LAWSG122 International and European Refugee Law
|LAWSG122: INTERNATIONAL AND EUROPEAN REFUGEE LAW|
|Credit value:||15 credits (7.5 ECTS, 150 learning hours)|
|Teaching Delivery:||10 x 2-hour weekly seminars, Term One|
|Who may enrol:||Any UCL Master’s student|
|Must not be taken with:||None|
|Qualifying module for:||LLM in Criminal Justice, Family and Social Welfare;
LLM in European Union Law;
LLM in Human Rights Law;
LLM in International Law;
LLM in Public Law
|Introductory video||Currently there is no introductory video for this module|
|Practice Assessment:||Opportunity for feedback on one optional practice essay or draft of final essay|
|Final Assessment:||One 3,000-word essay (100%)|
The 1951 Convention relating to the Status of Refugees is now over 65 years old. At the end of 2015 the UNHCR reported that the number of people forcibly uprooted by conflict and persecution stood at 65.3 million worldwide – the highest level ever recorded. Since the beginning of 2015, over one and half million people sought refuge in Europe alone, while over 12,000 of them died trying to reach safety. Against this background, international debates continue regarding the nature of the protection that refugees should be granted, the role of the international community, and the obligations of receiving countries towards refugees.
This module will provide a critical understanding of both the international and European regime of refugee protection. The first part of the module will cover the international legal framework for refugee protection, its main challenges and shortcomings. A review of key jurisprudence within international, regional, and national courts will provide an understanding of how refugee and asylum law is interpreted and implemented. Main areas of discussion will include international criteria for the attainment, exclusion and withdrawal of refugee status, the development of the nonrefoulement principle, and the changing role of UNHCR. Subsequent seminars will explore the concept of complementary protection offered by other instruments of international law and the European Convention of Human Rights. The second half of the module will focus on the development of a Common European Asylum System by the European Union. The EU is the only example worldwide where a large number of countries are in the process of harmonising their national interpretation of international refugee protection obligations. Against the background of the recent refugee crisis, the EU offers valuable insights into the difficulties that prevent a coherent application of refugee protection instruments. Where appropriate, comparisons will be drawn with other regions worldwide. Finally, the module will consider whether the 1951 Refugee Convention is still capable of adequately catering for refugee movements in the 21st century.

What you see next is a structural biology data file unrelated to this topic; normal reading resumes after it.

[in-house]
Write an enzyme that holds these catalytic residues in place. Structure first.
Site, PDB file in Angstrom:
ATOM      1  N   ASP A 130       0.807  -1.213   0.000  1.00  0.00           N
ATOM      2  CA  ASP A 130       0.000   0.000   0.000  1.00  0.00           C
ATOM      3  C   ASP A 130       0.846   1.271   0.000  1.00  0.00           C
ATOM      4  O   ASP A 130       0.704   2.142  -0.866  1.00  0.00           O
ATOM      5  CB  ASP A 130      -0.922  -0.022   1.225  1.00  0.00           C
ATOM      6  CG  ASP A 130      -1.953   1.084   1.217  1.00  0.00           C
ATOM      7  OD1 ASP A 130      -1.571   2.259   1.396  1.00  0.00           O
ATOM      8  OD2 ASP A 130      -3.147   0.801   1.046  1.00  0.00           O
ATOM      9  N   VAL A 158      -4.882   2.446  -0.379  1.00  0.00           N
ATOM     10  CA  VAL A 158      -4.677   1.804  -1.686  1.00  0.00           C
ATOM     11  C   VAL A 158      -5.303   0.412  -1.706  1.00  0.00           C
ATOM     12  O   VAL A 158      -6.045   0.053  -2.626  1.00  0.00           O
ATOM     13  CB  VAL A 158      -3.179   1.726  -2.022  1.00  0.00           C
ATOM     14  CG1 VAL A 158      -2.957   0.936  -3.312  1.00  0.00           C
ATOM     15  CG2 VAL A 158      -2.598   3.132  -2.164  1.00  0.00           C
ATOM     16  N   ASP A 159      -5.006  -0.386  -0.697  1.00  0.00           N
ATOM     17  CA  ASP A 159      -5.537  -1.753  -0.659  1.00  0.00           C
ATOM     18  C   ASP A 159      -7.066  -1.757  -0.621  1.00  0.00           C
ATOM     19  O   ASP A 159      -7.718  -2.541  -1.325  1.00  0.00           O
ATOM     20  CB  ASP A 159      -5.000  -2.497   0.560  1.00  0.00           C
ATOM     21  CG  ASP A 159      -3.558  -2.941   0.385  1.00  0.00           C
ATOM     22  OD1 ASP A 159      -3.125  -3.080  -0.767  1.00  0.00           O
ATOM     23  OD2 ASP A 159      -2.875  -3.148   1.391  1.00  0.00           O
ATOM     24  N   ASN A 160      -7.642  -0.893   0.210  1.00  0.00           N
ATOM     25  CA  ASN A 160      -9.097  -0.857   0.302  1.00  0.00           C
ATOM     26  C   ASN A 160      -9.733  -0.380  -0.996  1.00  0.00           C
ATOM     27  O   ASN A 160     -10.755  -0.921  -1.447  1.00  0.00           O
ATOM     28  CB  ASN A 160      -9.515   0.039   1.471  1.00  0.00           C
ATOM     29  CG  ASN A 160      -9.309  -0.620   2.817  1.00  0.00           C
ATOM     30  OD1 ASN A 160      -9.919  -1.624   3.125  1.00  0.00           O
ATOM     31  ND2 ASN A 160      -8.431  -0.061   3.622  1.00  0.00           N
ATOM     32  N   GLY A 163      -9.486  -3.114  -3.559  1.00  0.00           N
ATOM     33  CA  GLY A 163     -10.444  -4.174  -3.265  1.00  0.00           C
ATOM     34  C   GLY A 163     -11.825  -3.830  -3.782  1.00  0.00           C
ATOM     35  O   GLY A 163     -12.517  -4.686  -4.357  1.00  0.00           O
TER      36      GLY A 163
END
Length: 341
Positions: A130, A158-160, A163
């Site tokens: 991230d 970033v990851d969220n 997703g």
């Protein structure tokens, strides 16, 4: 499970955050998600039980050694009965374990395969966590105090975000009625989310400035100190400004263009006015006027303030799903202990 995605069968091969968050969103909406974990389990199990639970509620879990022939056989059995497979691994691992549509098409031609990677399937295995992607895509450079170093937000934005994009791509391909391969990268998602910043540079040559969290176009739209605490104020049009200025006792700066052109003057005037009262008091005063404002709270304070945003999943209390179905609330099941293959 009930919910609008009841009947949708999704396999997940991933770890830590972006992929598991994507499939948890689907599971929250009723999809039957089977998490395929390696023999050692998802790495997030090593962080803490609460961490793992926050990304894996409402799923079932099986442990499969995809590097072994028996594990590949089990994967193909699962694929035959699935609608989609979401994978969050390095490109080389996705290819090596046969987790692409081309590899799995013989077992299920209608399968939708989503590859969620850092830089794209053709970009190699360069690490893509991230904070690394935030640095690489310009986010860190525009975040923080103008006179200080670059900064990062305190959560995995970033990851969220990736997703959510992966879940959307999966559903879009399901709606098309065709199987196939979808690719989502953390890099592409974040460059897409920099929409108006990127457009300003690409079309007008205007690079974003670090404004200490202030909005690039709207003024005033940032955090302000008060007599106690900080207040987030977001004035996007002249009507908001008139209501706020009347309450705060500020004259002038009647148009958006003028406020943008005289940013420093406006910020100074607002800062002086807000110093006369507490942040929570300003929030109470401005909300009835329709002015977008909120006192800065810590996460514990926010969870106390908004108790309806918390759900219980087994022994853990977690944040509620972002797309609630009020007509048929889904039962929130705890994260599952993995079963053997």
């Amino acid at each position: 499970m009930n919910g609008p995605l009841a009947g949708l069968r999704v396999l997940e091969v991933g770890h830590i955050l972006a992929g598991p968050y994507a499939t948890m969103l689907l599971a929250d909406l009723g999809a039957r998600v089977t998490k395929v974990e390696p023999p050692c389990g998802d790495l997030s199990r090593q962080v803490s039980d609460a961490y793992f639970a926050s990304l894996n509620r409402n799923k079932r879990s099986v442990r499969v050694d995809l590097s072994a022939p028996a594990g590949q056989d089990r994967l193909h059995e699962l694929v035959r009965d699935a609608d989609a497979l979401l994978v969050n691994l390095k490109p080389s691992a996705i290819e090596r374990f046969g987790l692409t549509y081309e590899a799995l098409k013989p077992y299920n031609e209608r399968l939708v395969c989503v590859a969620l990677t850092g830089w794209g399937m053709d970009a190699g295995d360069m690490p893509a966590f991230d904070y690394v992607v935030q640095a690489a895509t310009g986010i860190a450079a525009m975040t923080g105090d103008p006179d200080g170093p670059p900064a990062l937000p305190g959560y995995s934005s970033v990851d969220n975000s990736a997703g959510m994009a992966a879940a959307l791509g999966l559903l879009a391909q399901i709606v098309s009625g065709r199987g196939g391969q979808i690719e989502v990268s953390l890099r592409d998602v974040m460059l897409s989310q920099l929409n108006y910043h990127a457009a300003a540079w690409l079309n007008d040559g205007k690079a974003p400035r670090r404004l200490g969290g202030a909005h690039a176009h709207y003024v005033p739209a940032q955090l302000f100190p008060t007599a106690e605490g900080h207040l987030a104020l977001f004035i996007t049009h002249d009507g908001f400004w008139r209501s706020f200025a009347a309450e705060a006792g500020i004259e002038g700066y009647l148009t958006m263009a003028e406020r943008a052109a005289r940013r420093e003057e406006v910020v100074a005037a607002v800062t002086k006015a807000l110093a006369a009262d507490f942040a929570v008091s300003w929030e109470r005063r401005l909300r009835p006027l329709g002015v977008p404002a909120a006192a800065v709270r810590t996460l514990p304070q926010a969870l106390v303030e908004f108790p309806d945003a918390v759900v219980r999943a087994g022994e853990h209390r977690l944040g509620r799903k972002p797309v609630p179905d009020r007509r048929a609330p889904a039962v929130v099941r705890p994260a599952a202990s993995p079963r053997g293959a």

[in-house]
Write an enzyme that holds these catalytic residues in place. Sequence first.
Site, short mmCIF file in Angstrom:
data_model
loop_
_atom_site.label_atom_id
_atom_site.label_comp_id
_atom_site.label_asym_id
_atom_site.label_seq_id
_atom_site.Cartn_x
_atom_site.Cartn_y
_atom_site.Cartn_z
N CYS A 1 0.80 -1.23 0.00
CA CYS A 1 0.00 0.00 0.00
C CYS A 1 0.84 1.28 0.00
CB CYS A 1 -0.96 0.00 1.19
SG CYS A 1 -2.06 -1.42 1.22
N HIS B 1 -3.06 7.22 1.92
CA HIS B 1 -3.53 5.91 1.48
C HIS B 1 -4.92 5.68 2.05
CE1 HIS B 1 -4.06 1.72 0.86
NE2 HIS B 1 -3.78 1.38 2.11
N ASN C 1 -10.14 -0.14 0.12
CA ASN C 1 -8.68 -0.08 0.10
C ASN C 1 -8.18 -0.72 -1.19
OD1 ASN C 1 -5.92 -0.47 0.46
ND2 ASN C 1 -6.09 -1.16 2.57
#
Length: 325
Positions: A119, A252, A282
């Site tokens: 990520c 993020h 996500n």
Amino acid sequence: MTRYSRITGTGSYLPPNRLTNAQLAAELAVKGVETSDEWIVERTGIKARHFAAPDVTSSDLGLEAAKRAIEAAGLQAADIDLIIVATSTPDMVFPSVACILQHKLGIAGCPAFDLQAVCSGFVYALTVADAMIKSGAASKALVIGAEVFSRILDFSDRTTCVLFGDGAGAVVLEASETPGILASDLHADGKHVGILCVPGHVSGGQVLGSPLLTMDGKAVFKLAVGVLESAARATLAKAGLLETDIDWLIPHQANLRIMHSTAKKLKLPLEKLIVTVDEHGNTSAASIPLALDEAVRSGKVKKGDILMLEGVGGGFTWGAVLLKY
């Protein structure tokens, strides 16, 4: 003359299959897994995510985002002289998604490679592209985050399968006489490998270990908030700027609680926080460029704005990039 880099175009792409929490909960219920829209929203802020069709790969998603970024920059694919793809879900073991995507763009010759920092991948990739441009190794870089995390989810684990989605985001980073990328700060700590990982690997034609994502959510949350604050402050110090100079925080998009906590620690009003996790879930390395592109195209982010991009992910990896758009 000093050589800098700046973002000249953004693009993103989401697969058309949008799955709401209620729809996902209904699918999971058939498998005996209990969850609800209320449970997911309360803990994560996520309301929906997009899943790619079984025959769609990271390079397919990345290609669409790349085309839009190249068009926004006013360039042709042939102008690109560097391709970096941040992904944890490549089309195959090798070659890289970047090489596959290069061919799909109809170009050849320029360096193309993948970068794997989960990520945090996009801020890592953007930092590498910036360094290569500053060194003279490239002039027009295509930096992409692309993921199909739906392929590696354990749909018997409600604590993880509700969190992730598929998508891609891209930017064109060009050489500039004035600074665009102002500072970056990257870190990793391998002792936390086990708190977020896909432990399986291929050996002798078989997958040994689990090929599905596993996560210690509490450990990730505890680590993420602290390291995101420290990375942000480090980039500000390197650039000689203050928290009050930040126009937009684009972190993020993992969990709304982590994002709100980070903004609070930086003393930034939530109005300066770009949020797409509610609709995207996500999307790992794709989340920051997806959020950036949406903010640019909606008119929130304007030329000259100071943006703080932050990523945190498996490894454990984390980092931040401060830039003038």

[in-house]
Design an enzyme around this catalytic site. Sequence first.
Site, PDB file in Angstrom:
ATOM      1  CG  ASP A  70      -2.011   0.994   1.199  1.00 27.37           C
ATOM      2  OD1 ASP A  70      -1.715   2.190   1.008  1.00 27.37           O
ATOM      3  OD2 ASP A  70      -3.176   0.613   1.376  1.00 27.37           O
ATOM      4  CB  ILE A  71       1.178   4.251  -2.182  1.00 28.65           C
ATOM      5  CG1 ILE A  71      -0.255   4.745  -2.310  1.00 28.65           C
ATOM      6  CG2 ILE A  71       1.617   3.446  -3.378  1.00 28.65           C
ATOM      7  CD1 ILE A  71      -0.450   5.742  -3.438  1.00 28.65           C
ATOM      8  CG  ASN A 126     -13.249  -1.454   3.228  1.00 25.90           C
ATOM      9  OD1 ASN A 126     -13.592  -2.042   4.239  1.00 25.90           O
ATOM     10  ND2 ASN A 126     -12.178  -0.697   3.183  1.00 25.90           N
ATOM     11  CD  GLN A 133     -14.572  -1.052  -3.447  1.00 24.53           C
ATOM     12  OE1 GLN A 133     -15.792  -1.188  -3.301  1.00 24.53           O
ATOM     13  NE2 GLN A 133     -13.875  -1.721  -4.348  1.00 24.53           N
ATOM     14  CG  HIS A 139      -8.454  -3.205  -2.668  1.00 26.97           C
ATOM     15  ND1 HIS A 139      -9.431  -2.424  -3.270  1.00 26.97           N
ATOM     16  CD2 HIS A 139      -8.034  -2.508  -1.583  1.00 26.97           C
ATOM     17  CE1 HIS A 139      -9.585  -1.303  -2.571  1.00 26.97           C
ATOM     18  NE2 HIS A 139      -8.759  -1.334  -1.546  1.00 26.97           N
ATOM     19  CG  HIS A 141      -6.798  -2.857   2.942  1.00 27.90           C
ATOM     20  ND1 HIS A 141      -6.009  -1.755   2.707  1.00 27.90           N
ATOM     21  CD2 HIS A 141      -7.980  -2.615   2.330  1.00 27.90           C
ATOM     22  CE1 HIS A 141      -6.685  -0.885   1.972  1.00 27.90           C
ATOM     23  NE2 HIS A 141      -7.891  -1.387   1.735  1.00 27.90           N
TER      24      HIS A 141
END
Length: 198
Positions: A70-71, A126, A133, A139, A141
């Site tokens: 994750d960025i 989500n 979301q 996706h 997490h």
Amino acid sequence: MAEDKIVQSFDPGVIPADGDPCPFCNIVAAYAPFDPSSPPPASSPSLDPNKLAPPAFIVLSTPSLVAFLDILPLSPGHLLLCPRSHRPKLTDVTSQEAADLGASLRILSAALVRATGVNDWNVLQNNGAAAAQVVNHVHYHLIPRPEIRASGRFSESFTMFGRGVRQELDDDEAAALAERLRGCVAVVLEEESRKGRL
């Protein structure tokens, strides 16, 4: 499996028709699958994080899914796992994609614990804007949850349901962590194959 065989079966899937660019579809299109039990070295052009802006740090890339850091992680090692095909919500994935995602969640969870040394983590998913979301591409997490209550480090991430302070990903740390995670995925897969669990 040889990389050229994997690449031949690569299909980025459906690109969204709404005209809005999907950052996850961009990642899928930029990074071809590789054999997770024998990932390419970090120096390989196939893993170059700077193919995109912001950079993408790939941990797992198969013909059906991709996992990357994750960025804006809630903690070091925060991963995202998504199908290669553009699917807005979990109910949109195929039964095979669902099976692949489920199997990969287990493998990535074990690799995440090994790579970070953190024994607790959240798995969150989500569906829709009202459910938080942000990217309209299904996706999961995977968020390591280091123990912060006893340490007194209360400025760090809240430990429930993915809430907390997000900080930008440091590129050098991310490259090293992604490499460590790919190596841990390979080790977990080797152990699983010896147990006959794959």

By the end of the module, students should be in a position to:
Students will be expected to familiarise themselves with topics in advance of the seminars and to contribute to the seminars through discussion and debate groups.
Module reading lists and other module materials will be provided via online module pages, available at the beginning of term once students have enrolled.